One reason we look forward to the Christmas season is the food. This is the time of year our favorite coffee shops roll out the gingerbread-flavored lattes and the pumpkin bread, we’re guaranteed at least one huge turkey dinner this month, and there’s probably enough candy in the house to distribute to a hundred neighborhoods next Halloween. One can easily gain weight in this time, and that’s an obvious concern, but we probably don’t think much about our teeth and the probability that we’re putting them at risk.
Think about it: if we eat more sweets in a short period of time, we’re eating more sugar. We eat more sugar, we increase the risk of damage to tooth enamel. If we don’t compensate for the spike in sweets consumed over Christmas by brushing and flossing better, we could encounter problems during our next dental visit. Nobody wants to start off the new year with a cavity or the prospect of drilling, so be careful when you eat and drink at holiday gatherings.
What can you do to help keep your teeth healthy and strong this season? It’s easy to say we’re going to do our best to lay off the chocolate, but the temptation is strong. You don’t necessarily have to deprive yourself of the foods you love, but moderation is key to good dental health.
One of the best things you can do to help your teeth is to stick with water. Yes, the holidays are full of coffees and cocoas and fizzy punches, but water is the best thing for you healthwise. Sodas and carbonated punches are not good for your enamel and should be avoided or severely limited any time of year. Cocoa is nice for an occasional treat, but it is caloric (depending on how it’s made) and the sugar presents a problem. If you’re a coffee drinker, you know to be extra vigilant when brushing. Brush after every meal if you can.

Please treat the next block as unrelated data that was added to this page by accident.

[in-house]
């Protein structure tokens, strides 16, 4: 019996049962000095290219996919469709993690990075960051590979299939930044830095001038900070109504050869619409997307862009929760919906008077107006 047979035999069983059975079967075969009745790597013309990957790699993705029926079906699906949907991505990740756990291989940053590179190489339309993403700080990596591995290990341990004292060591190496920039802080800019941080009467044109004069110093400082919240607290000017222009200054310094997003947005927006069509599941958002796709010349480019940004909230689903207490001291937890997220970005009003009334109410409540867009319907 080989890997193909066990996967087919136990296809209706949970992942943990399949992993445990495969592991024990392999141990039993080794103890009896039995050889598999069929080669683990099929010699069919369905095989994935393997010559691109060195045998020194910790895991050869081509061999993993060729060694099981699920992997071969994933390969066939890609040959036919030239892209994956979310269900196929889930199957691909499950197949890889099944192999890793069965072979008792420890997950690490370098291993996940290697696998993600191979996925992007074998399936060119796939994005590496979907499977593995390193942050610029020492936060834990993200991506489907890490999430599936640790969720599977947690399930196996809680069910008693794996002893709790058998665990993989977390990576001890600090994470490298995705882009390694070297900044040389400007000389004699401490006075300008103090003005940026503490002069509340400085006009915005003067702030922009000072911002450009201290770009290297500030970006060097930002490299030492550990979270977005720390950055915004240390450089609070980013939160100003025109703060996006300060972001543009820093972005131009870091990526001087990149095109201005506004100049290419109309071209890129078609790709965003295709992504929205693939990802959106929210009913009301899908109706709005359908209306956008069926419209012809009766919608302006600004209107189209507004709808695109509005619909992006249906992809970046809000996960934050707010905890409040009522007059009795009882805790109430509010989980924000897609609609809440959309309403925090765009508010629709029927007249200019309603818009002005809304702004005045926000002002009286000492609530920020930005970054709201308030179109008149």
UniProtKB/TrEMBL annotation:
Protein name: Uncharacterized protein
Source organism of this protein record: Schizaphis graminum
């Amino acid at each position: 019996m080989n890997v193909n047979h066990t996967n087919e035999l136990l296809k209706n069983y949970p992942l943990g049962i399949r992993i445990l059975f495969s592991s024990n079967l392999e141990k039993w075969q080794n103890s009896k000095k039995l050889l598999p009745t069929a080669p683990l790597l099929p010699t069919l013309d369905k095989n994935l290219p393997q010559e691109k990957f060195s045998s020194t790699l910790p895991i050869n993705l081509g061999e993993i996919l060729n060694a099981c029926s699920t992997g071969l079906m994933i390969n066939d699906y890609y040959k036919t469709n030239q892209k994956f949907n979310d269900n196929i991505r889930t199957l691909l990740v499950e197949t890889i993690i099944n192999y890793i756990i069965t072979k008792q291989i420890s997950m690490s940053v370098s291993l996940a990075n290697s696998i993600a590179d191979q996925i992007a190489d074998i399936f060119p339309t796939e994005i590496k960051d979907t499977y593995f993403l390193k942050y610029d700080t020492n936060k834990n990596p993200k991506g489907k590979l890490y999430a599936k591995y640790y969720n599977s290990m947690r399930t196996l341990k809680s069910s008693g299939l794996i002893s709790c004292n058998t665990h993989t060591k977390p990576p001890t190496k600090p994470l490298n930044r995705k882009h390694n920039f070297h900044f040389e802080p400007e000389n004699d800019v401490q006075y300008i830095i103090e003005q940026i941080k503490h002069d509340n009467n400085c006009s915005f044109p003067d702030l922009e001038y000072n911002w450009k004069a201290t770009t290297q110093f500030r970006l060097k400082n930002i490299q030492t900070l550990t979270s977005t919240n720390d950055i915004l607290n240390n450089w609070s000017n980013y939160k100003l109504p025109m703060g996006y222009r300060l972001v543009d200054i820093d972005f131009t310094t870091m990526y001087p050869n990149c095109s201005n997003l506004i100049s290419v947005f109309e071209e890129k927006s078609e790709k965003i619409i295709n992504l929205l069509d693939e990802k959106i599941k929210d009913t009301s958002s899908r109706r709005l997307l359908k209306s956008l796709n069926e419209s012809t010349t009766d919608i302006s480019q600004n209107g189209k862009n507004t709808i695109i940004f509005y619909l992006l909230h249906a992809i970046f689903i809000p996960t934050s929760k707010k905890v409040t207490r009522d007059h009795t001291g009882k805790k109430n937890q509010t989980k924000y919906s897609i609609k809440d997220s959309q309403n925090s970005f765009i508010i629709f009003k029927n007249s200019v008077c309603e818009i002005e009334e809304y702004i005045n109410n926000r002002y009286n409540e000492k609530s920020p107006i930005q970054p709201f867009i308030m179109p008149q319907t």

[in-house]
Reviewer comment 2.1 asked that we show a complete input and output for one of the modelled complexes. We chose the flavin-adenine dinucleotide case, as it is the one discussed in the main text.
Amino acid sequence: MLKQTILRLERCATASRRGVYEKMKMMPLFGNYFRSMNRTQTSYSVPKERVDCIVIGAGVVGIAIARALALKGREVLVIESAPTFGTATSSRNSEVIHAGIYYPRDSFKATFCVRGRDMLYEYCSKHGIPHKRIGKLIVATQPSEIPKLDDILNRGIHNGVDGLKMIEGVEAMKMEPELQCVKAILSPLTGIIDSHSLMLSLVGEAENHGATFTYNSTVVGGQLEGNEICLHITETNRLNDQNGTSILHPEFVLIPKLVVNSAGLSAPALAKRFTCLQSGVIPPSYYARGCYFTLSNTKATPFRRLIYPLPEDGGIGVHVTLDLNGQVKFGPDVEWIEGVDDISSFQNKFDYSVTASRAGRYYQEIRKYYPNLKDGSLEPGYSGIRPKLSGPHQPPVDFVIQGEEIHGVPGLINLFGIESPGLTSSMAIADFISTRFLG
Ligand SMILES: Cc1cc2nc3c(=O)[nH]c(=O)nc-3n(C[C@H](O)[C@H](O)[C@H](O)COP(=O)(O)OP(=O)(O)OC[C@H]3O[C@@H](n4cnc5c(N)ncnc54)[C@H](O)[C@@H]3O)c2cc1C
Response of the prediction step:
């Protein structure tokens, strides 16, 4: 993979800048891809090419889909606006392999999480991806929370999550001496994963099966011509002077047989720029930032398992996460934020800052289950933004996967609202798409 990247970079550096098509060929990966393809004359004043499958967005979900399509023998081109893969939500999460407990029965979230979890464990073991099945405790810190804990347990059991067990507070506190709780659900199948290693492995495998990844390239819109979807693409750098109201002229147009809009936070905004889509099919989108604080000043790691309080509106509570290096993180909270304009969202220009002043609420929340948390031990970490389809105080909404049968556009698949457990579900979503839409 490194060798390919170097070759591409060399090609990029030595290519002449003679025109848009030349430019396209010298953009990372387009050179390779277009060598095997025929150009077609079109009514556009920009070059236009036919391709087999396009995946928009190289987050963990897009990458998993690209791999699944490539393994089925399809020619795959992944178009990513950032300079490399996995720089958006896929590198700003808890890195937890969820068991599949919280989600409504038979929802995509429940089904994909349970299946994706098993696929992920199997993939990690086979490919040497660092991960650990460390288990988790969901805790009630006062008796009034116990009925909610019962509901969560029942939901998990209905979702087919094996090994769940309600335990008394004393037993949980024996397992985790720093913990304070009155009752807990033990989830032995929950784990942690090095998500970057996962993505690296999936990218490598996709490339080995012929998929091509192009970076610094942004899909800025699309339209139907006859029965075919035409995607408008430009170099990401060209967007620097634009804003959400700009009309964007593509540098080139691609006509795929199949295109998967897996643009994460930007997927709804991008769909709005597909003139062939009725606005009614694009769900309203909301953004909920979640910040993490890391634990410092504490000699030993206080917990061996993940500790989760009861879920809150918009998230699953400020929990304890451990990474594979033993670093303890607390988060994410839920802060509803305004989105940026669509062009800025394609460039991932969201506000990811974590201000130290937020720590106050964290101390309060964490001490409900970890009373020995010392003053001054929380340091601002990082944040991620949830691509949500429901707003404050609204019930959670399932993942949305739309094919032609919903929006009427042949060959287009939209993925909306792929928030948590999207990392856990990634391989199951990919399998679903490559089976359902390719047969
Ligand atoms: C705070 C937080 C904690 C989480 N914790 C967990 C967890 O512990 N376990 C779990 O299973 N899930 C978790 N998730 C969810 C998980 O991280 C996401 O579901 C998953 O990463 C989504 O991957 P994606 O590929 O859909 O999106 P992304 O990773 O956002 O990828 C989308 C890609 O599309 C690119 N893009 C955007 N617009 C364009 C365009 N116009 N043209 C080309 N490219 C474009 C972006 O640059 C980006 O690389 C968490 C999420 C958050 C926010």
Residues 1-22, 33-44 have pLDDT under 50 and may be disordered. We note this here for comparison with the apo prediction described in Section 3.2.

Whenever possible, balance your holiday food with veggies and teeth-friendly foods like cheese, limiting the Christmas candy. If you’re baking this year, look into alternative ingredients that not only lower the fat content of your sweets, but also the sugar content. If it’s possible, cut down on sugar ingredients in your recipes – you may need to play around to improve taste, but if it keeps you healthy it’s worth the trouble.
Enjoy your holidays and don’t feel bad about indulging this year. Just be mindful of what you enjoy.
Kathryn Lively is a freelance writer specializing in articles on Virginia Beach dentists and Virginia Beach dental offices.